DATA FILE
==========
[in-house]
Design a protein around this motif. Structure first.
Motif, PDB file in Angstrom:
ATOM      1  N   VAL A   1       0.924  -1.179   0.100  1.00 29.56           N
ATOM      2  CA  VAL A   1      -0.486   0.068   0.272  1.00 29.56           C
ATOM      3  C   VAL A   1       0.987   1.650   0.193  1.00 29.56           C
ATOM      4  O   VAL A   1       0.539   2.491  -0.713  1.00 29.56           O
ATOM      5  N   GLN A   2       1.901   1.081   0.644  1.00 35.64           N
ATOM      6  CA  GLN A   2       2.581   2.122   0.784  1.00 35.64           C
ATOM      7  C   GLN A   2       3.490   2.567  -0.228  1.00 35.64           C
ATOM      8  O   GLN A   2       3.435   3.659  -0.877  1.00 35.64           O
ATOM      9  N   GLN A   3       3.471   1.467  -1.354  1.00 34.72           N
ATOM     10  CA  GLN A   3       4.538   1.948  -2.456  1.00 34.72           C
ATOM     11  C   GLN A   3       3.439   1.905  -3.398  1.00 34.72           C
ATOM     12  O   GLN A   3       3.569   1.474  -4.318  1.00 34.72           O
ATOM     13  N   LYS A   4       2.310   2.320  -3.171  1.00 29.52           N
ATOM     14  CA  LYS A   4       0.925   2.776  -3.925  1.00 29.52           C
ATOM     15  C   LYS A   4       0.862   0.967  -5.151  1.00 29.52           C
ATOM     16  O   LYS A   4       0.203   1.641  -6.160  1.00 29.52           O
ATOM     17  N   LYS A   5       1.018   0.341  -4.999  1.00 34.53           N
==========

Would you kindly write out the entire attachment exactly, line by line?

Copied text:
[in-house]
Design a protein around this motif. Structure first.
Motif, PDB file in Angstrom:
ATOM      1  N   VAL A   1       0.924  -1.179   0.100  1.00 29.56           N
ATOM      2  CA  VAL A   1      -0.486   0.068   0.272  1.00 29.56           C
ATOM      3  C   VAL A   1       0.987   1.650   0.193  1.00 29.56           C
ATOM      4  O   VAL A   1       0.539   2.491  -0.713  1.00 29.56           O
ATOM      5  N   GLN A   2       1.901   1.081   0.644  1.00 35.64           N
ATOM      6  CA  GLN A   2       2.581   2.122   0.784  1.00 35.64           C
ATOM      7  C   GLN A   2       3.490   2.567  -0.228  1.00 35.64           C
ATOM      8  O   GLN A   2       3.435   3.659  -0.877  1.00 35.64           O
ATOM      9  N   GLN A   3       3.471   1.467  -1.354  1.00 34.72           N
ATOM     10  CA  GLN A   3       4.538   1.948  -2.456  1.00 34.72           C
ATOM     11  C   GLN A   3       3.439   1.905  -3.398  1.00 34.72           C
ATOM     12  O   GLN A   3       3.569   1.474  -4.318  1.00 34.72           O
ATOM     13  N   LYS A   4       2.310   2.320  -3.171  1.00 29.52           N
ATOM     14  CA  LYS A   4       0.925   2.776  -3.925  1.00 29.52           C
ATOM     15  C   LYS A   4       0.862   0.967  -5.151  1.00 29.52           C
ATOM     16  O   LYS A   4       0.203   1.641  -6.160  1.00 29.52           O
ATOM     17  N   LYS A   5       1.018   0.341  -4.999  1.00 34.53           N